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CASE REPORT
Year : 2016  |  Volume : 23  |  Issue : 3  |  Page : 265-267  

Achieving controlled intraocular pressure and restoration of vision following proactive treatment of total choroidal detachment due to endocyclophotocoagulation


Department of Ophthalmology, Specialized Medical Center Hospital; Department of Ophthalmology, College of Medicine, Imam Mohammed bin Saud Islamic University, Riyadh, Saudi Arabia

Date of Web Publication12-Jul-2016

Correspondence Address:
Tariq Al-Asbali
Department of Ophthalmology, College of Medicine, Imam Mohammed bin Saud Islamic University, P. O. Box 5701, Othman Ibn Affan Street, Riyadh 11432
Saudi Arabia
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Source of Support: None, Conflict of Interest: None


DOI: 10.4103/0974-9233.186152

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   Abstract 

Ocular hypotony due to choroidal detachment (CD) following endocyclophotocoagulation (ECP) is transient. If hypotony lasts for more than 1 week, it could affect vision. This is a case of refractory glaucoma following cataract surgery that was managed by ECP. We drained subchoroidal fluid as CD did not resolve after 1 week. After 5 months, the intraocular pressure was restored to 16 mmHg with one topical glaucoma medication, uncorrected vision improved to 20/300, and with aphakic soft contact lens, it was 20/50. Ophthalmologists facing such complications need not panic and manage hypotony, and the prognosis of such intervention seems to be promising.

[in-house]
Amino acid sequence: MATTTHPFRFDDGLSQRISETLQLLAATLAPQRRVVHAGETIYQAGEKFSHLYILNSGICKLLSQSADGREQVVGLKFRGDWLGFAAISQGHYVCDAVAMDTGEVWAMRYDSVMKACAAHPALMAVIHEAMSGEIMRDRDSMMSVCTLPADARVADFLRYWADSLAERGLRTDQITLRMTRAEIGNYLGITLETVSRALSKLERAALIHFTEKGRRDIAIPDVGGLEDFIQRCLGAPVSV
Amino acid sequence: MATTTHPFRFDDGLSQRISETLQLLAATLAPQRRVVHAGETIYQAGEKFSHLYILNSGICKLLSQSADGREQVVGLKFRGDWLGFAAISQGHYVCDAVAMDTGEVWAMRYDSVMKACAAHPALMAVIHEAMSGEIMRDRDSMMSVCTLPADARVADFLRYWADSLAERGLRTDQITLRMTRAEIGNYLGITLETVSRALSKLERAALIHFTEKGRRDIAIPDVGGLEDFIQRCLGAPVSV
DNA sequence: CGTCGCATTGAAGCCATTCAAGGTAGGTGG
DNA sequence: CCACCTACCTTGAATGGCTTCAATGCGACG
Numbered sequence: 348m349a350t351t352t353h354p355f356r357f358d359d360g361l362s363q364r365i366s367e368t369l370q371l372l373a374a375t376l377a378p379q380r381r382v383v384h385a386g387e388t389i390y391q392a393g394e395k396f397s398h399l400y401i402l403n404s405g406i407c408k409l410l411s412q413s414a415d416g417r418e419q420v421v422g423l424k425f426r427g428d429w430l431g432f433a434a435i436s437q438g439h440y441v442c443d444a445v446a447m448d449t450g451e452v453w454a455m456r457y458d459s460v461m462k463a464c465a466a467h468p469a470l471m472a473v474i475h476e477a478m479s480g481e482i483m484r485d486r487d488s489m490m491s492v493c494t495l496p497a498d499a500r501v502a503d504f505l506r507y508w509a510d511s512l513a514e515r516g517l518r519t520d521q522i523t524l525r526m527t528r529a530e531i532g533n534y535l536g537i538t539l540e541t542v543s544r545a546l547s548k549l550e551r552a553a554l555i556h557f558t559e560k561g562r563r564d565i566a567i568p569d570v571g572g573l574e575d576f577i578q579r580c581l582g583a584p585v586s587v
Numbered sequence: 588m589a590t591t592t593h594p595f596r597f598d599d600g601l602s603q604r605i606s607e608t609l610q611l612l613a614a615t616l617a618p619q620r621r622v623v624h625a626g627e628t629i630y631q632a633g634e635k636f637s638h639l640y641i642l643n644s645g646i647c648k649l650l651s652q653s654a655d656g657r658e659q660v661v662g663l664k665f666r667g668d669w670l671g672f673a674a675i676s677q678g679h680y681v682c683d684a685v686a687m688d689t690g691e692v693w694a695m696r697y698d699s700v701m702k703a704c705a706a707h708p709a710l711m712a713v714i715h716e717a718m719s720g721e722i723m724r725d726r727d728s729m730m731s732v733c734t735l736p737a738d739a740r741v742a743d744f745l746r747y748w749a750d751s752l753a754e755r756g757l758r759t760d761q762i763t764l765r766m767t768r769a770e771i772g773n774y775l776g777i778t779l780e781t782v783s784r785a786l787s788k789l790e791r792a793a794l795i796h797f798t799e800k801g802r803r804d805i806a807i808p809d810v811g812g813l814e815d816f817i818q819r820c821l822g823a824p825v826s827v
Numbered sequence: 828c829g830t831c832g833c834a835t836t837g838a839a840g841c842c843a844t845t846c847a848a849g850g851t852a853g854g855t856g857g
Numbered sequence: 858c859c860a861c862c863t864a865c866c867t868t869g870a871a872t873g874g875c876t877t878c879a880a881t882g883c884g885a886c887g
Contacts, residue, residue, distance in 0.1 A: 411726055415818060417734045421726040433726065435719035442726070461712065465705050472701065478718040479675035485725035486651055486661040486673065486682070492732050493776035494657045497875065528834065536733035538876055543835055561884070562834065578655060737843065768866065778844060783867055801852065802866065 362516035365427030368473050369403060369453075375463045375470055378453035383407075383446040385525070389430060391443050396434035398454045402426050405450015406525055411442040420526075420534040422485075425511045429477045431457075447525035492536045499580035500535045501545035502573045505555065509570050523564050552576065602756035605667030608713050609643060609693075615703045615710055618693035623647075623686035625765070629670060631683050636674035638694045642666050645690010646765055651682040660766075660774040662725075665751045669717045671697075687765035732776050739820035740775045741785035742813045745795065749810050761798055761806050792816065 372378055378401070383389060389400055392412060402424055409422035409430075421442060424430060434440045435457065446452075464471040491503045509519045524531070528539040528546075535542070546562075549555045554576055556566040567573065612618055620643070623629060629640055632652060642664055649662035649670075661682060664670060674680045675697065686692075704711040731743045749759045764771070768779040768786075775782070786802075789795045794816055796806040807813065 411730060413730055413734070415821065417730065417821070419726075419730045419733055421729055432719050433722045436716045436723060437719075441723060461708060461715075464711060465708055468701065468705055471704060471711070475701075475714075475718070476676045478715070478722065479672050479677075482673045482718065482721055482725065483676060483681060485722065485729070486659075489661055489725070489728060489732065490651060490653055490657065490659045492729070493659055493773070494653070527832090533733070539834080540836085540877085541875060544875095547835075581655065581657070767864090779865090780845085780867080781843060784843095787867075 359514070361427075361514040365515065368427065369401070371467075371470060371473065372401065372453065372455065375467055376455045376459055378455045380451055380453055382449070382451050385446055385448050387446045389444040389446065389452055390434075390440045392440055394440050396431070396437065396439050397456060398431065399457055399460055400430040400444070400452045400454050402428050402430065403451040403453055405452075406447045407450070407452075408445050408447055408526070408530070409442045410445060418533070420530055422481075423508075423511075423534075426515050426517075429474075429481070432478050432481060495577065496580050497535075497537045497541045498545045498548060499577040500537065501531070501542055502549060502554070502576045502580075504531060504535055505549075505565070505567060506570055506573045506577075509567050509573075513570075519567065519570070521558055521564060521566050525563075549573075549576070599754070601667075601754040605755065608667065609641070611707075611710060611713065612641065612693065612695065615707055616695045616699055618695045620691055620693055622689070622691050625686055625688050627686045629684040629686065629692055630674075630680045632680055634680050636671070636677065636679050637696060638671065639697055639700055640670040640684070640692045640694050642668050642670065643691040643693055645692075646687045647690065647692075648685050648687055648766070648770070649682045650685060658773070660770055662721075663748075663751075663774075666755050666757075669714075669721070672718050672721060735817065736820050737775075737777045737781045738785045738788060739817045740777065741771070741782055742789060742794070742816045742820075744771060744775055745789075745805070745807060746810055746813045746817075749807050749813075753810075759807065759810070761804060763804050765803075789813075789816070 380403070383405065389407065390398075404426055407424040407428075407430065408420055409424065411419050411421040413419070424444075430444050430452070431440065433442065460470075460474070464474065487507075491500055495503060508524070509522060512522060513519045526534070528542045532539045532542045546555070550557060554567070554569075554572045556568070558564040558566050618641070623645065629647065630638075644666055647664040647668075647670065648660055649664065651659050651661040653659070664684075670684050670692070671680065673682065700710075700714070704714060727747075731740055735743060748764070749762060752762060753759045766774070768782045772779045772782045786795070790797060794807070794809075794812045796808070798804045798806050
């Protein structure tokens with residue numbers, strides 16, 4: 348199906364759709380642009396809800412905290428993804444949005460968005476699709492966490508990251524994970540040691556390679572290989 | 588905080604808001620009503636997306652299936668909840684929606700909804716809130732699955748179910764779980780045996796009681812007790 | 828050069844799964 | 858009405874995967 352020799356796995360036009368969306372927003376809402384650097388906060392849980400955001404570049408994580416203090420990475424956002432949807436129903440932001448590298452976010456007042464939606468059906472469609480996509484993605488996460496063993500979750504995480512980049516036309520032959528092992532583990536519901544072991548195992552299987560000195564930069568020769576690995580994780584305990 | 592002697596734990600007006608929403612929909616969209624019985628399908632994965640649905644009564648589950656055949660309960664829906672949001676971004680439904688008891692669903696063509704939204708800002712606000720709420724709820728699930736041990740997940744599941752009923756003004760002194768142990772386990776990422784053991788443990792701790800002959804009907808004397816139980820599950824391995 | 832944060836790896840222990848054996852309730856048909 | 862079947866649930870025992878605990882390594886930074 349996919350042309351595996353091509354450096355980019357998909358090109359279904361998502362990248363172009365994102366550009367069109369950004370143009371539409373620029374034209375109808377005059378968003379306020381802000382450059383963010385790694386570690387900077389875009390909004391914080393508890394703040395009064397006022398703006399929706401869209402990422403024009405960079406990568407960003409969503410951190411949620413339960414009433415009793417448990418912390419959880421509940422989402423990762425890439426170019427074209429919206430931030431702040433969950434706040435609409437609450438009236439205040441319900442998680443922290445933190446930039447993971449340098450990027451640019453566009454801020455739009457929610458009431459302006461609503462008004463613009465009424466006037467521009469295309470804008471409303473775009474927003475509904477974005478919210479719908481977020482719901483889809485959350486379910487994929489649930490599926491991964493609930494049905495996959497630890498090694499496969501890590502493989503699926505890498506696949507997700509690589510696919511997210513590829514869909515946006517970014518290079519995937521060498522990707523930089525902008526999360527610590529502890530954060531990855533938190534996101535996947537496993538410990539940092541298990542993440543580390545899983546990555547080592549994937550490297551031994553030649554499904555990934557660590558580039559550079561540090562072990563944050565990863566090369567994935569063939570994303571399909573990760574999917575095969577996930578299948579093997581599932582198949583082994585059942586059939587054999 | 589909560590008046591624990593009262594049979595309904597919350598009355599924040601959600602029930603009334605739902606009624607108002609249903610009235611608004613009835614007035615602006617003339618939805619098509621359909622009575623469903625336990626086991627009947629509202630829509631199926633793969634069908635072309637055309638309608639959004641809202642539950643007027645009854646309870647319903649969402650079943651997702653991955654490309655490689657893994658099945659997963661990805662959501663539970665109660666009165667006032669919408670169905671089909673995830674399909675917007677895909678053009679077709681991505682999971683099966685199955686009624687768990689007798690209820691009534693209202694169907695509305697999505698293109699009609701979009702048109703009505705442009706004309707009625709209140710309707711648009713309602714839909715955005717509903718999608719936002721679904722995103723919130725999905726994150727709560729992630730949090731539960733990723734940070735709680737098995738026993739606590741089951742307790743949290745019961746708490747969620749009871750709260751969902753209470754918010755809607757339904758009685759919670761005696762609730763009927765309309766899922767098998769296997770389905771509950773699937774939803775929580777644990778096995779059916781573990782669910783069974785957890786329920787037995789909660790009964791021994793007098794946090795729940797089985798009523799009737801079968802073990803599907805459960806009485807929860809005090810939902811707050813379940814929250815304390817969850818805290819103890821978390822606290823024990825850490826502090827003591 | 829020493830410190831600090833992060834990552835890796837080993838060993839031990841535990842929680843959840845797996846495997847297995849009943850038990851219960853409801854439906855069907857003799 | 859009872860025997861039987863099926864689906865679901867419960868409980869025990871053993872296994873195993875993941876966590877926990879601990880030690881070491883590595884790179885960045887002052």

Keywords: Choroidal Detachment, Cyclophotocoegulation, Glaucoma


How to cite this article:
Al-Asbali T. Achieving controlled intraocular pressure and restoration of vision following proactive treatment of total choroidal detachment due to endocyclophotocoagulation. Middle East Afr J Ophthalmol 2016;23:265-7

How to cite this URL:
Al-Asbali T. Achieving controlled intraocular pressure and restoration of vision following proactive treatment of total choroidal detachment due to endocyclophotocoagulation. Middle East Afr J Ophthalmol [serial online] 2016 [cited 2019 Jul 20];23:265-7. Available from: http://www.meajo.org/text.asp?2016/23/3/265/186152


   Introduction Top


Endocyclophotocoagulation (ECP) is the recommended treatment for refractory glaucoma. [1],[2] The incidence of choroidal detachment (CD) as a complication of ECP ranges from 4% to 14%. [3],[4] In more than 80% of eyes, the hypotony is transient in nature and lasts for 1 week. [3] Hypotony 1-week after management of refractory glaucoma is unusual and requires proactive intervention. We present a case of total CD with hypotony lasting for longer than 1 week after ECP. Treatment of this case results in vision restoration and maintains the target intraocular pressure (IOP).


   Case report Top


A 35-year-old female presented in January 2015 with complaints of dimness of vision and pain in left eye. She had undergone cataract surgery with intraocular lens (IOL) implantation in her left eye elsewhere 7 years prior to presentation. Postoperatively, she developed glaucoma, which did not resolve with medical treatment. Hence, the IOL was explanted. Still IOP remained high; therefore, trabeculectomy was performed but failed after 6 months. She was subsequently treated a number of glaucoma medications including brimonidine, dorzolamide, latanoprost, and timolol.

At presentation to our eye clinic, she was using three glaucoma medications. The right eye (OD) had a distance visual acuity of 20/20 and vision was counting fingers at ½ m with projection of light in all four directions in the left eye. The right eye had normal anterior and posterior segments on slit-lamp examination, and IOP by applanation tonometer was 16 mmHg.